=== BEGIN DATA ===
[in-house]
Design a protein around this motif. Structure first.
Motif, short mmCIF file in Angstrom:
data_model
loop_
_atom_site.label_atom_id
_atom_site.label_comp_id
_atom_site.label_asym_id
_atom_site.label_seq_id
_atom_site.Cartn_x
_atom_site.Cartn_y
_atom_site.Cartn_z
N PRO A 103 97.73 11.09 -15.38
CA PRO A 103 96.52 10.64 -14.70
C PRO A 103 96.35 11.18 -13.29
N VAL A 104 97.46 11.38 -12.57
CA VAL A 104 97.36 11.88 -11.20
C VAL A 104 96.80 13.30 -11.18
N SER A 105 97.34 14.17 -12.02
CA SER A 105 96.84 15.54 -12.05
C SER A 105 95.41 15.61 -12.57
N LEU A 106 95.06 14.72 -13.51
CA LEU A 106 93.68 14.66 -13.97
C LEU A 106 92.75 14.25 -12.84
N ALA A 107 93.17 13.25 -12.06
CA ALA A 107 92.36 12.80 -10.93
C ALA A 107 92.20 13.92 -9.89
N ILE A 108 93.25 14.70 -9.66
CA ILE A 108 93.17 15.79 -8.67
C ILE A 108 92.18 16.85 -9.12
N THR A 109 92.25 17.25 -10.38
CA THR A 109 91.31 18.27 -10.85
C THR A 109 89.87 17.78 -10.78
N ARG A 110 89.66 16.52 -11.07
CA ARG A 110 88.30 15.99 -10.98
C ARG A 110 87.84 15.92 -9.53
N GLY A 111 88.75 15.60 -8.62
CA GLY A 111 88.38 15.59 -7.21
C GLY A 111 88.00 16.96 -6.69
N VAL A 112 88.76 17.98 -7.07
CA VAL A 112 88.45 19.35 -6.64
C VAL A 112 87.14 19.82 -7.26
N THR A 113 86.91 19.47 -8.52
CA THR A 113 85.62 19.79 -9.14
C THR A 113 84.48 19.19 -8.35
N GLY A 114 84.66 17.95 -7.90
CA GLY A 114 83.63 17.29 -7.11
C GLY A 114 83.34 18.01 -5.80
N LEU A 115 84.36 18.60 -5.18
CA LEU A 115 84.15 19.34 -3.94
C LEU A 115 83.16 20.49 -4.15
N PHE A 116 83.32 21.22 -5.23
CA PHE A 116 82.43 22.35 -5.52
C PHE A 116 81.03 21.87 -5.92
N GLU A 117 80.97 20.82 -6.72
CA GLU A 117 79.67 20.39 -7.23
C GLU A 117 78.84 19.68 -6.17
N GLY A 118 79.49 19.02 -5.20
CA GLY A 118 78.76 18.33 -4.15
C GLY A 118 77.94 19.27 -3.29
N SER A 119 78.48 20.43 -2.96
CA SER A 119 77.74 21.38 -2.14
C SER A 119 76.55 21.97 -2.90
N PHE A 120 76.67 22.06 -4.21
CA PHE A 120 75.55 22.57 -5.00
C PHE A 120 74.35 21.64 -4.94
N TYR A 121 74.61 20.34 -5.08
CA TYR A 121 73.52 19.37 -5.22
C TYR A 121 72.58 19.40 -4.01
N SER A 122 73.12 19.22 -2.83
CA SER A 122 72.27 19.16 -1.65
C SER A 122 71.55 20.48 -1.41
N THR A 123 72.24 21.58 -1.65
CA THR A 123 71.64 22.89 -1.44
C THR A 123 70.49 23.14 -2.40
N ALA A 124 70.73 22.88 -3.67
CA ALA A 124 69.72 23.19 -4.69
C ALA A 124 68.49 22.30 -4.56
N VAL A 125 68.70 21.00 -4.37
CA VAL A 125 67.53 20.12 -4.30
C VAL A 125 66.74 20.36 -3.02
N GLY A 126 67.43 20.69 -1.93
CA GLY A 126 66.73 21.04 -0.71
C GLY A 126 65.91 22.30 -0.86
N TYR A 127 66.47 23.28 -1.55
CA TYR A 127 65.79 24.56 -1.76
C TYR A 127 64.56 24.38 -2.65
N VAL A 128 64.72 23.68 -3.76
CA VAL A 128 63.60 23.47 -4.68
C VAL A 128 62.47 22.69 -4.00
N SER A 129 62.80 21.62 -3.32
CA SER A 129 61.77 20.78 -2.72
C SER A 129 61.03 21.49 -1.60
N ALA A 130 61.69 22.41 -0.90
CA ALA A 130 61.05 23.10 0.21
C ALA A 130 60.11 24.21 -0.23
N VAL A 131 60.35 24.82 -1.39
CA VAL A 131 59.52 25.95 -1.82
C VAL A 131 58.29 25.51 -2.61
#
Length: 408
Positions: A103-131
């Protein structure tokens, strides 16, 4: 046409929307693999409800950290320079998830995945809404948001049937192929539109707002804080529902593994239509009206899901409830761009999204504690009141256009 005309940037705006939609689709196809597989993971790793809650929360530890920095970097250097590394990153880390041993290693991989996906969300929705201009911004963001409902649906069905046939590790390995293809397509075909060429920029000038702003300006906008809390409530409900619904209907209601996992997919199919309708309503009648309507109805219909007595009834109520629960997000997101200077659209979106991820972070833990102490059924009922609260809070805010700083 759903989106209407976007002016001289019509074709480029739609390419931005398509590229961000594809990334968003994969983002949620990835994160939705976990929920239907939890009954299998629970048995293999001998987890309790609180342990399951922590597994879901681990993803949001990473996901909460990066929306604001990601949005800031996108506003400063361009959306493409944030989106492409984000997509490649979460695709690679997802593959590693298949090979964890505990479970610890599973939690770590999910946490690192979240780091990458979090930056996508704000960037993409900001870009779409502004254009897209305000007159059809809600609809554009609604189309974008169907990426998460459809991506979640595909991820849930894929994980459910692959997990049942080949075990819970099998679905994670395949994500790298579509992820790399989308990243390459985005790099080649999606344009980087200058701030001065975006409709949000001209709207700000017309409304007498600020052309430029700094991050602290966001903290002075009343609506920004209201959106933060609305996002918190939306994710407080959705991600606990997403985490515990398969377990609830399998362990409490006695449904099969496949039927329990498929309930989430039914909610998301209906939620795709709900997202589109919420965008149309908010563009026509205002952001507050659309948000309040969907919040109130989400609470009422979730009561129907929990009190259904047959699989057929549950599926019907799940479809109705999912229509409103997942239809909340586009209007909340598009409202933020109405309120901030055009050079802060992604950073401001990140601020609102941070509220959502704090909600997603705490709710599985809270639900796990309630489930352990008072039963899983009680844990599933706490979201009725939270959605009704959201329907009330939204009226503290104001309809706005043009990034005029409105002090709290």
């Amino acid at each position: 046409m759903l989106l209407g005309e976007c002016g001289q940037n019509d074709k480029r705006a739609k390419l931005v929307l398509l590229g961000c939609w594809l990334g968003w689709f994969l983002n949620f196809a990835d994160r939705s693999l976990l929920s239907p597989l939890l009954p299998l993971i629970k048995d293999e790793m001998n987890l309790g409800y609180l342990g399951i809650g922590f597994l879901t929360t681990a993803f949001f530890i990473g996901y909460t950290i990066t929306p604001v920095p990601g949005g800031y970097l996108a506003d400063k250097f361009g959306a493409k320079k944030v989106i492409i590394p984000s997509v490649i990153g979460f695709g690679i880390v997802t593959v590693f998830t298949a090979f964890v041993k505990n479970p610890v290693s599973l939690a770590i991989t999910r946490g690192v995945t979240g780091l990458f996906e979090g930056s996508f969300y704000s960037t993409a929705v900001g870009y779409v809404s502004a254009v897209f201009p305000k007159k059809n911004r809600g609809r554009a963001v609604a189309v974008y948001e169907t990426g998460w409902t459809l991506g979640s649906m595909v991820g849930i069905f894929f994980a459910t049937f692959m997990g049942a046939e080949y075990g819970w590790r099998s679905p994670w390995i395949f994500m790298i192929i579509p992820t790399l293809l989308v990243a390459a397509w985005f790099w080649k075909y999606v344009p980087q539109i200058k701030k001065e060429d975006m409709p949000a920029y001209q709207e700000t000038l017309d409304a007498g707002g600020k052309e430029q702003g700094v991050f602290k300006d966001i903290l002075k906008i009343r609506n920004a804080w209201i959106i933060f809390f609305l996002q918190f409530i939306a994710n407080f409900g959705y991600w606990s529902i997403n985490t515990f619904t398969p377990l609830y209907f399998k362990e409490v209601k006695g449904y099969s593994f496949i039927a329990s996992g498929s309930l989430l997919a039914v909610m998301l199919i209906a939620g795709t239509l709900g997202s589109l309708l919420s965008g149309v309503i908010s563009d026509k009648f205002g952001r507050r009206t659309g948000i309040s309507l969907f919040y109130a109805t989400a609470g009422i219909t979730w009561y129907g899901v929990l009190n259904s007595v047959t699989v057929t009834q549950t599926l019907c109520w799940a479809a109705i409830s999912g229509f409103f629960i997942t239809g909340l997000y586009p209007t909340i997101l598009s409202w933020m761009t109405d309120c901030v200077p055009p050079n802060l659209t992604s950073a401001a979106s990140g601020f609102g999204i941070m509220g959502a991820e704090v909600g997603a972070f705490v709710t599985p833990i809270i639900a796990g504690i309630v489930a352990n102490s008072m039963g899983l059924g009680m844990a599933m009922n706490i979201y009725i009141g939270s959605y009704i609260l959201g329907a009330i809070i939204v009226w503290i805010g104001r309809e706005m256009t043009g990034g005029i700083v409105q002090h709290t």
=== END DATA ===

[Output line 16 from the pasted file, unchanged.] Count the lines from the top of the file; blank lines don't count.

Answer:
N VAL A 104 97.46 11.38 -12.57